• Workers Compensation: This kind of insurance is another must-have for any company, but particularly within the manufacturing industry, where potentially dangerous machinery is used. It covers lost wages and medical bills if an employee sustains a work-related injury.


You will also want to consider product liability insurance, which covers the caskets or coffins in the event of bodily injury or property damage claims. If your company manufacturers casket components later assembled by other businesses, know that you can still be held liable if they make a manufacturing error.

These types of casket manufacturers insurance are examples of the type of coverage you will need in your field; to make sure that you can consider your full range of options, partner with a competent business insurance broker.

Casket Manufacturing's Risks & Exposures

Manufacturing

Premises liability exposure is normally low as access by visitors is limited. If the manufacturer conducts tours or has a showroom or retail outlet, visitors may be injured by slips, trips, falls, or flying debris.

Storage of raw materials in the open presents an attractive nuisance hazard. The yard should be fenced to prevent unauthorized access, with proper lighting and warnings. Dust, fire or explosion, fumes, and noise may affect neighboring properties.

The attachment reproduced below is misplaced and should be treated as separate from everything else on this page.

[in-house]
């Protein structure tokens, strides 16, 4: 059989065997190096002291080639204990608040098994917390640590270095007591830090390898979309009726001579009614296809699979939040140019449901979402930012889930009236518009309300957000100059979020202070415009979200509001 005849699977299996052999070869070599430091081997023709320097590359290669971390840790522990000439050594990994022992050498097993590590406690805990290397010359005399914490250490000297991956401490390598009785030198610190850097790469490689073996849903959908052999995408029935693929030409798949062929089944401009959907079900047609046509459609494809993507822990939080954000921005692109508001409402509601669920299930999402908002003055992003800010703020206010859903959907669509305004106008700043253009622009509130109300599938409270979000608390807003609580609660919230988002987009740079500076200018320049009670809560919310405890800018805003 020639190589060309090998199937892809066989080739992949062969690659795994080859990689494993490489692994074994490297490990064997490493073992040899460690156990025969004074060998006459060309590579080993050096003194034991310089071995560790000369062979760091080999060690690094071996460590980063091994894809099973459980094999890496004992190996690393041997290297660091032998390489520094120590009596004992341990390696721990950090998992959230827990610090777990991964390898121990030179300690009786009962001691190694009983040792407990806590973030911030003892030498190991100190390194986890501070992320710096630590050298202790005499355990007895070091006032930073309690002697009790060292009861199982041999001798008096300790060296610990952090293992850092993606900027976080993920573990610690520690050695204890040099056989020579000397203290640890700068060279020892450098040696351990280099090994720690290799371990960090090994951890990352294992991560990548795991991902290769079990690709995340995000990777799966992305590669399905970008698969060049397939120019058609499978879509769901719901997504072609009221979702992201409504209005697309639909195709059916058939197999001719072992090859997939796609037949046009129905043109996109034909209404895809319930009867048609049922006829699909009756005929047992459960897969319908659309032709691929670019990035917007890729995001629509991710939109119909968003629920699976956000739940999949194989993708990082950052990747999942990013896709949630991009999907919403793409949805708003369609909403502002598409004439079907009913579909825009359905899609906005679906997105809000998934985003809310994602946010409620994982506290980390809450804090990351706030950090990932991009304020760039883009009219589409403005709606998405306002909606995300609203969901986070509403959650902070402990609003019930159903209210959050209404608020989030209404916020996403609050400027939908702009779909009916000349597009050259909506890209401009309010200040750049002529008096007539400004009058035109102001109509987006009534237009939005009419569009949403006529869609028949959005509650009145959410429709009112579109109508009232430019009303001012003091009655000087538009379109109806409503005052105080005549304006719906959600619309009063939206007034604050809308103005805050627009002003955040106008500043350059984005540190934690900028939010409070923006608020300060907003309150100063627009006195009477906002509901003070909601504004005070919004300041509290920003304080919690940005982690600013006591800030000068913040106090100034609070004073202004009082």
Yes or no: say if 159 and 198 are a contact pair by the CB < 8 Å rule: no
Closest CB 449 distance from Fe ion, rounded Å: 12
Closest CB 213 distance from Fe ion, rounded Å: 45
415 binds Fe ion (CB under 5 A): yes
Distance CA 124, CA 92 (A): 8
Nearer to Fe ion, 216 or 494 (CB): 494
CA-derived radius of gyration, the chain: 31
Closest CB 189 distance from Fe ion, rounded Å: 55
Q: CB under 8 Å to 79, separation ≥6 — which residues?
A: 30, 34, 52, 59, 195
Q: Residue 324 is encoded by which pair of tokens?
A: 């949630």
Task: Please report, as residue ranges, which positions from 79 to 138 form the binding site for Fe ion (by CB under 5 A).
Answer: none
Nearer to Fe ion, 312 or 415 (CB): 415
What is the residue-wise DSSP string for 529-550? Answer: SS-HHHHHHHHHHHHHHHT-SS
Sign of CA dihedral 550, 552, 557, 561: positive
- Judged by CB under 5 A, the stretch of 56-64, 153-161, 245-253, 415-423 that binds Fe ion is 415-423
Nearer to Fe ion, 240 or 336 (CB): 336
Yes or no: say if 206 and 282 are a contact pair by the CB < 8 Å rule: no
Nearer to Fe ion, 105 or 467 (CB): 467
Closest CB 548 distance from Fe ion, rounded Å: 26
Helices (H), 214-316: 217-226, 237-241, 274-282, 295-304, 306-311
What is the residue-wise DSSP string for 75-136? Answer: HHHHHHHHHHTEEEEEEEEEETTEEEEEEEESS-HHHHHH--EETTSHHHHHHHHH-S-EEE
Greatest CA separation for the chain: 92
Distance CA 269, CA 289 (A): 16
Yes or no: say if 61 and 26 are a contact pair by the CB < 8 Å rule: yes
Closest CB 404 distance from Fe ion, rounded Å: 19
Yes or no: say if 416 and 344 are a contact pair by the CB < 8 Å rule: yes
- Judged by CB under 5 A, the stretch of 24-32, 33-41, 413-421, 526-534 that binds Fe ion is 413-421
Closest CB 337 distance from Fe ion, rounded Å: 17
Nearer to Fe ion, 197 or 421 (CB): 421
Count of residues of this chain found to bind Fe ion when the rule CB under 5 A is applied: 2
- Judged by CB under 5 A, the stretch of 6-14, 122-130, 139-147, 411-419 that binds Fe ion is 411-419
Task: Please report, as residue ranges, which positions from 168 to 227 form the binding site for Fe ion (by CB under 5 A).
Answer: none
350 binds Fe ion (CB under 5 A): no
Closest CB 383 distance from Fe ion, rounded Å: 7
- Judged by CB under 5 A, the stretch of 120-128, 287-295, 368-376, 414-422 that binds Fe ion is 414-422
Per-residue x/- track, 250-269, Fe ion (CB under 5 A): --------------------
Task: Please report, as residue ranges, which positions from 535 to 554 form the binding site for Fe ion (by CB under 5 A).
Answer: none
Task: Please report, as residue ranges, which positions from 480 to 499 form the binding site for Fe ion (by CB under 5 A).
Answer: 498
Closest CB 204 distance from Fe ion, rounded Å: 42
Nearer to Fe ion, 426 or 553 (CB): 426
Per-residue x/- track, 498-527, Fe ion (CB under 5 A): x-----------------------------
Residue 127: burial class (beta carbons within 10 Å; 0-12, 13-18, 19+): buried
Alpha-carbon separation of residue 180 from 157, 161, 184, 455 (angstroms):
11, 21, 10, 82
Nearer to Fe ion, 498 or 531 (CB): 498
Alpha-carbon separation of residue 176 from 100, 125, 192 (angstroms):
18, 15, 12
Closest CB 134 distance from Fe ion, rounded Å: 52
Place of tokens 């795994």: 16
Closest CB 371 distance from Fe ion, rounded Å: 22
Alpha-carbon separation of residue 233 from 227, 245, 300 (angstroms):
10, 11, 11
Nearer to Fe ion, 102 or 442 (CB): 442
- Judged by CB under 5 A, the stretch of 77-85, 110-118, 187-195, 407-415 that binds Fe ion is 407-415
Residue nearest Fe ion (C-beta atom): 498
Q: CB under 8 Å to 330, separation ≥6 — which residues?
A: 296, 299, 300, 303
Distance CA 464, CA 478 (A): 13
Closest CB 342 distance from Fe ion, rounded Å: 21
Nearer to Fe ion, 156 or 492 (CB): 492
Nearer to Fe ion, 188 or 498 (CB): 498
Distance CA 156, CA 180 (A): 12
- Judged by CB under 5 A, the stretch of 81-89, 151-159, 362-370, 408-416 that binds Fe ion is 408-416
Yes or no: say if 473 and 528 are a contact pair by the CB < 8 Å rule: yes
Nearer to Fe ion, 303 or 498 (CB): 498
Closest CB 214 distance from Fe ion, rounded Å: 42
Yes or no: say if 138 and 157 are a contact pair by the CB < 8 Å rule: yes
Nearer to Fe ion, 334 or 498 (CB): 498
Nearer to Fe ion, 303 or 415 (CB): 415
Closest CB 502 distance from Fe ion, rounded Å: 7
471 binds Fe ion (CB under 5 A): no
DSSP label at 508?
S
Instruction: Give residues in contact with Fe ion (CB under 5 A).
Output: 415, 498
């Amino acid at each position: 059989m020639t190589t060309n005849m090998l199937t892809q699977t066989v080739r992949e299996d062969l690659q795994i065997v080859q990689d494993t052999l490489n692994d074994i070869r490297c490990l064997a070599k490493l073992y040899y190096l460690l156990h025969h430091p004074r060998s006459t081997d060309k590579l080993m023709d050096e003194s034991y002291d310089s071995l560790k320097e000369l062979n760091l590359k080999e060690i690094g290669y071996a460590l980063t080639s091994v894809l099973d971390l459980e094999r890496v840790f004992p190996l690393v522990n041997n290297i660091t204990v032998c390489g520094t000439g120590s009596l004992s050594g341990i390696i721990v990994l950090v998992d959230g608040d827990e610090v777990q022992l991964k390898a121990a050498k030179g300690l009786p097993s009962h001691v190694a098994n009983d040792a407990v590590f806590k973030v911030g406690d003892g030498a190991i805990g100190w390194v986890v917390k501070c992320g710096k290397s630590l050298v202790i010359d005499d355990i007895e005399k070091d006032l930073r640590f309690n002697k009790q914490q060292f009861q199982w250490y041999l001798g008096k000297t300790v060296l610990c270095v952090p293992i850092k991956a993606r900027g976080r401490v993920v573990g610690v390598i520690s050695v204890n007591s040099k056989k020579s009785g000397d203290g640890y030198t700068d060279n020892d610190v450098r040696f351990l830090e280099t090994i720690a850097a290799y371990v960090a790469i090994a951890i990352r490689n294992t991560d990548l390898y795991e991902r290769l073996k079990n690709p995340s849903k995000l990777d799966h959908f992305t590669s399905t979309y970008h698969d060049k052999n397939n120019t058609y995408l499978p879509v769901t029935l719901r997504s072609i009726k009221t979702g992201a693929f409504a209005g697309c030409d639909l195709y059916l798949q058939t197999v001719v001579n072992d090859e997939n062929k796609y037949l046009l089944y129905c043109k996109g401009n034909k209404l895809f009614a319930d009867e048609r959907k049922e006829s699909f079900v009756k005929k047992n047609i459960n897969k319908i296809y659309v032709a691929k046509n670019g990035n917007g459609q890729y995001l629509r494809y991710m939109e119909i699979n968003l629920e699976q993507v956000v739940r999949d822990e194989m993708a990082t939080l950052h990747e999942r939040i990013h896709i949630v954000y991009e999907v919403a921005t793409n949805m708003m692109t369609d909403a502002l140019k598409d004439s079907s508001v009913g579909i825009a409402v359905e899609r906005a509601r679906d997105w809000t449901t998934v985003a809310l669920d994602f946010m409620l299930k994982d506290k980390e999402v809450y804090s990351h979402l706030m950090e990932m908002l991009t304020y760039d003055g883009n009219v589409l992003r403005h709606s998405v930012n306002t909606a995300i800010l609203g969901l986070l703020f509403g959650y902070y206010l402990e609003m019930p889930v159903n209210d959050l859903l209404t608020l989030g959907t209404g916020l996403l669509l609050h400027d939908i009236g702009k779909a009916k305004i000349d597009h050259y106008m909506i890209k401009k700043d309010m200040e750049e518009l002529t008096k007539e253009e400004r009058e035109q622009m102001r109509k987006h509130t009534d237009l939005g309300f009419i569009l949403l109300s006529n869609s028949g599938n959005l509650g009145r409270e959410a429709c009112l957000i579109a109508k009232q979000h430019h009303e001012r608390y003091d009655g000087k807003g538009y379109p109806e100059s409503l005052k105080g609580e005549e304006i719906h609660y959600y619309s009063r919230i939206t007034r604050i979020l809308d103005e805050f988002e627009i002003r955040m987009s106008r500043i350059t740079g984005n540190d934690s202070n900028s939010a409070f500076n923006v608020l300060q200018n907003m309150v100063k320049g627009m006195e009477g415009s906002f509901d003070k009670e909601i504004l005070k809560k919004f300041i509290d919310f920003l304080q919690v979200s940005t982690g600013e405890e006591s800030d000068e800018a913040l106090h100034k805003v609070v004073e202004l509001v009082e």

Products liability exposure is generally low as caskets are designed to be permanently interred. The failure of handles, closing latches, or seals could result in claims of mental anguish.

Environmental impairment exposure is moderate to high due to the possible contamination of ground, air, and water from sawdust, chemicals, paints, and varnishes used in processing and the lubricants and solvents used to service machinery. Storage and disposal procedures must adhere to all EPA and other regulatory standards.

Workers compensation exposure can be high. Common hazards include injuries from production machinery, burns, slips, trips, falls, foreign objects in the eye due to flying debris, hearing impairment from noise, and back injuries from lifting and material handling.

Woodworking and metalworking can result in injury from cuts, amputations, exposure to dust, respiratory problems from spray-painting operations, and eye injuries from welding. Plastics have similar exposures, plus potential for burns from heated machinery and eye and skin irritants from chemicals and resins.